Jack Ely is shown second from left in the above photo of the Kingsmen from the early Sixties.
Jack Ely, who was best known for singing the Kingsmen’s perennial hit “Louie Louie,” died April 27 of unknown causes at his farm in Oregon. He was 71.
A guitarist and singer, Ely cofounded the Kingsmen in 1959 and recorded “Louie Louie” with them at a one-hour session on April 5, 1963. The song, a three-chord R&B basher written in 1955 by Richard Berry, was perfectly suited to the group’s rudimentary rock and roll skills, but Ely’s vocals on the recording were nearly incoherent. He and his bandmates attributed his unintelligible performance to the studio microphone, which was suspended from the ceiling, forcing Ely to stand on tip-toes and strain. Reportedly, Ely was also wearing braces, which further impeded his performance.
“It was more yelling than singing,” Ely said of his singing on the track, “‘cause I was trying to be heard over all the instruments.”
Ely also screwed up the third verse, coming in too early and then stopping when he realized his error. The group thought the recording was just a warm-up, but it was actually the first and only take.
“Louie Louie” was released in May 1963 on Jerden Records, and by August it had sold only about 600 copies. When drummer Lynn Easton announced that he wanted to take over as singer and have Ely play drums, Ely quit, believing that the Kingsmen had run their course.
His timing wasn’t great. Soon after he left, “Louie Louie” began climbing the charts. When Ely’s attempts to rejoin the group failed, he formed his own group, also called the Kingsmen, with whom he cut “Love That Louie” for RCA in 1964. Ely was forced to give up the name in a legal battle, but he won a victory when Wand Records—which had picked up “Louie Louie” after it became a hit—was required to credit Ely as lead vocalist on subsequent pressings of the record. In addition, Ely received $6,000 in royalties.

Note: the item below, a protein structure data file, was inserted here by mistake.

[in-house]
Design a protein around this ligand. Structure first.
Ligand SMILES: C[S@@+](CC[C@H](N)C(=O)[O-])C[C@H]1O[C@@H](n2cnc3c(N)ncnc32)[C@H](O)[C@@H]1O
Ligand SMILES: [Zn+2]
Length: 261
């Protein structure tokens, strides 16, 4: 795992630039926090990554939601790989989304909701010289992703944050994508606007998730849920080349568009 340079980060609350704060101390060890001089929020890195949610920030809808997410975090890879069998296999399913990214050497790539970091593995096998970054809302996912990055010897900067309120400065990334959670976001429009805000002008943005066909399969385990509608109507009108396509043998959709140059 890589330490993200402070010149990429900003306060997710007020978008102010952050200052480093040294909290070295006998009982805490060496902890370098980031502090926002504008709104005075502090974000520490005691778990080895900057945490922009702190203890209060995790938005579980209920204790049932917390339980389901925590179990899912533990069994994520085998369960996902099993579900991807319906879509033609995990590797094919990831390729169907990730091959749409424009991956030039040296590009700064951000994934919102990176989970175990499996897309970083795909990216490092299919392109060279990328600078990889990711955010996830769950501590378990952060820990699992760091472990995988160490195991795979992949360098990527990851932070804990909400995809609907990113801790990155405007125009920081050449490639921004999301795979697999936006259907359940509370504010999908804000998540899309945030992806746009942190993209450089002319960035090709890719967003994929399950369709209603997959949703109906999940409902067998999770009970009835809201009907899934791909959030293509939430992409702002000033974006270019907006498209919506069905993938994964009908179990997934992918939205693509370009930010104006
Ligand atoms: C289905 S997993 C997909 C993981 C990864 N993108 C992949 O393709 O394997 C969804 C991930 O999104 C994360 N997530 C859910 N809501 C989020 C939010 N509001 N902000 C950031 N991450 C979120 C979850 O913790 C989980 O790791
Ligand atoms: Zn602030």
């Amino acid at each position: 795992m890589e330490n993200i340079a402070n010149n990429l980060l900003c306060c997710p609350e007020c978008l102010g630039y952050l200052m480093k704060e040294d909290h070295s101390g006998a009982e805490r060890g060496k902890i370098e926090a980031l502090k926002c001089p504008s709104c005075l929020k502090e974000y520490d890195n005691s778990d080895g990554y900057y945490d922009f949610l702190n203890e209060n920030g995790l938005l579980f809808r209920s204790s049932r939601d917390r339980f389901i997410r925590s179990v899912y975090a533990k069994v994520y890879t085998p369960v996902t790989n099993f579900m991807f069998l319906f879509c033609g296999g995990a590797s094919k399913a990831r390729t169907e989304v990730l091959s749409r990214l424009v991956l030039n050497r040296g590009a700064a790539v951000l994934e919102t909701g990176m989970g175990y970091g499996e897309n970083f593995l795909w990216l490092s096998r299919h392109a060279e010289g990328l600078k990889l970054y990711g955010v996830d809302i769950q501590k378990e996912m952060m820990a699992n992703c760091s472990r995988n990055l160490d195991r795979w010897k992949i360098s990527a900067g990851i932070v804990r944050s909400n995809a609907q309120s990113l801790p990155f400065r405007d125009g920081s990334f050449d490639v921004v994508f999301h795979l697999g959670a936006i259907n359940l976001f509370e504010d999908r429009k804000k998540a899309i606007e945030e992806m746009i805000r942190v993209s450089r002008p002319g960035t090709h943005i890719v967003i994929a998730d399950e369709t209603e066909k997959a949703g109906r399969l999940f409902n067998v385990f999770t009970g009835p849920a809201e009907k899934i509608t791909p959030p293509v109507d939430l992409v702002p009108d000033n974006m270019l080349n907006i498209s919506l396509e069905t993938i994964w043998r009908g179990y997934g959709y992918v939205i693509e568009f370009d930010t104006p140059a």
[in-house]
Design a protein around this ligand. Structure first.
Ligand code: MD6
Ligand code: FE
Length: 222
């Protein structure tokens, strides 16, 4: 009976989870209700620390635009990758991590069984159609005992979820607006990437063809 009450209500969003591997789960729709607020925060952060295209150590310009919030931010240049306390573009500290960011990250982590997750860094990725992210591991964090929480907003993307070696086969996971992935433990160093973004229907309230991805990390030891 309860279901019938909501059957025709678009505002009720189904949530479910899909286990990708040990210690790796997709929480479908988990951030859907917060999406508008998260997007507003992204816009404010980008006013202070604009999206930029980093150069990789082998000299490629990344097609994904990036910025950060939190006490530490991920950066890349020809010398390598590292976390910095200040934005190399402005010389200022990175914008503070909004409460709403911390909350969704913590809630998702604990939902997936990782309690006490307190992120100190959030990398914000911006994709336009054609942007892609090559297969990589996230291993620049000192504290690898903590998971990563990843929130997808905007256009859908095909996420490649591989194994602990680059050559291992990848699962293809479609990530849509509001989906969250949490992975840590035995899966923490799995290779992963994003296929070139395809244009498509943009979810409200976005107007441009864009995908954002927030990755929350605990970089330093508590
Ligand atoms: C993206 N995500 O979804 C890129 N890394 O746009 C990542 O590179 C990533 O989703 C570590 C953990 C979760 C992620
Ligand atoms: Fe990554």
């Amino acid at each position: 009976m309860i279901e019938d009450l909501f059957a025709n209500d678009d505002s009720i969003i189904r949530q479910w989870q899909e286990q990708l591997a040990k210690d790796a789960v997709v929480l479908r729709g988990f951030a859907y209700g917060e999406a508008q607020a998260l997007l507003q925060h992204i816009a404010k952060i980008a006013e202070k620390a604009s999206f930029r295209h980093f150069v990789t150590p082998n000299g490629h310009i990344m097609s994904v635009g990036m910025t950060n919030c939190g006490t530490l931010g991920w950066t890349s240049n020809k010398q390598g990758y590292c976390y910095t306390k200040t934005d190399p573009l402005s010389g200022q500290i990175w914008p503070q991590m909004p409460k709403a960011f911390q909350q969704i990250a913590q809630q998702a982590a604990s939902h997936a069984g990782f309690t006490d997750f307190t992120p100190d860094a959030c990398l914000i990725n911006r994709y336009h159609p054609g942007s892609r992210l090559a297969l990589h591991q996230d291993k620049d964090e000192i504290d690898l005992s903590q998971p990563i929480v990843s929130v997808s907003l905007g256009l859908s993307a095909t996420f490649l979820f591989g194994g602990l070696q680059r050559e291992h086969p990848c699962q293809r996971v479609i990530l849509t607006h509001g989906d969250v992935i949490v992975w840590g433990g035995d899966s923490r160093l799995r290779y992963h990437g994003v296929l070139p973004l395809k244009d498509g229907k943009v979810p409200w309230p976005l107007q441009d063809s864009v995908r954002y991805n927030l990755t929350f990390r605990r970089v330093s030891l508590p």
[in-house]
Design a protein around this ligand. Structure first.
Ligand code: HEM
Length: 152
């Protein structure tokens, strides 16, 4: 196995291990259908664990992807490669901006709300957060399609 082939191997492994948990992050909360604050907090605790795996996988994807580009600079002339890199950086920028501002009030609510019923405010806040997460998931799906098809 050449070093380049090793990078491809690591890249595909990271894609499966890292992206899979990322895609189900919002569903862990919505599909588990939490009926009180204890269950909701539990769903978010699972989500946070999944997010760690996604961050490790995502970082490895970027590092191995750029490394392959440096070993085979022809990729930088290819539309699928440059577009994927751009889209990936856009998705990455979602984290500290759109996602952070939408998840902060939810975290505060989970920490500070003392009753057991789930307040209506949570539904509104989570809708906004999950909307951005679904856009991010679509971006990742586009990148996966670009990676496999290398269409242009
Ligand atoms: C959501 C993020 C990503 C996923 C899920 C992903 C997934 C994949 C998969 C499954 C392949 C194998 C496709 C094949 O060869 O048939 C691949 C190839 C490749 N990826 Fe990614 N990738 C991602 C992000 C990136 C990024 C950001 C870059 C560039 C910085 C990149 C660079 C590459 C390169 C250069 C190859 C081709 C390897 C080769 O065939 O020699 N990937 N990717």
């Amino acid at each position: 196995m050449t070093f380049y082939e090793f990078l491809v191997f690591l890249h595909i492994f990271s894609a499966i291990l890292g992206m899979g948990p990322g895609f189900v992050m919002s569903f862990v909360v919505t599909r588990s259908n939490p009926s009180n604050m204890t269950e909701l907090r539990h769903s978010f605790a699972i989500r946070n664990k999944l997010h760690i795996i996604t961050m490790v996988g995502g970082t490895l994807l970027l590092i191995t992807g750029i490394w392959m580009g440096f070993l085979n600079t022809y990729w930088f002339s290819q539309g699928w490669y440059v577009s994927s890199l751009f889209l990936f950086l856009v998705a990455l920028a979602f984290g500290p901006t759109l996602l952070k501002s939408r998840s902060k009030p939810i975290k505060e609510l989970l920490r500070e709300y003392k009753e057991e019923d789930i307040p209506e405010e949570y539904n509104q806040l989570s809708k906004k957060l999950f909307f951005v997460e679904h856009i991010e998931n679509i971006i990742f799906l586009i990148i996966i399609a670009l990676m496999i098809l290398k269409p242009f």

He also picked up a bit of notoriety after the FBI opened an investigation into whether his hard-to-understand lyrics were obscene. The dossier reportedly ran to 455 pages, but the FBI closed the case without a prosecution. Reportedly, the agency played the song at various speeds to determine what, if any, obscenities it contained before concluding that the words were “unintelligible at any speed.”
Ely continued to mine the song in his attempts to kickstart his music career. In 1966, his new group, the Courtmen, released “Louie Louie ’66,” which failed to chart. Soon after, he was drafted and served in the Vietnam War, but found it difficult to resume his music career when he returned from service in 1968.
Although “Louie Louie” sealed Ely’s reputation as a garage rocker, he was also an accomplished pianist who began playing when he was a young child. Born September 11, 1943 in Portland, Oregon, Ely performed recitals throughout the area and demonstrated his compositional skills early on. After his instructor presented him with a section of a classical composition, Ely would have to create 15 similar pieces. Upon sharing them with the class, he would be required to make up another on the spot.
Ely’s interest in guitar began in 1956 when he saw Elvis Presley perform. He signed up for guitar lessons but quit immediately when the lesson included the children’s tune “Mary Had a Little Lamb.” He taught himself by ear, copying chords and licks from his favorite records.
In his later years, Ely was a supporter of the Performance Rights Act, designed to give royalties to recording artists and record labels. “There are a lot of one-hit wonders out there just like me who deserve compensation when their recorded performances are played and stations get ad revenue from it,” he said.
Ely held strong religious beliefs and had battled an unknown illness for some time. “Because of his religious beliefs, we’re not even sure what it was,” his son Sean says.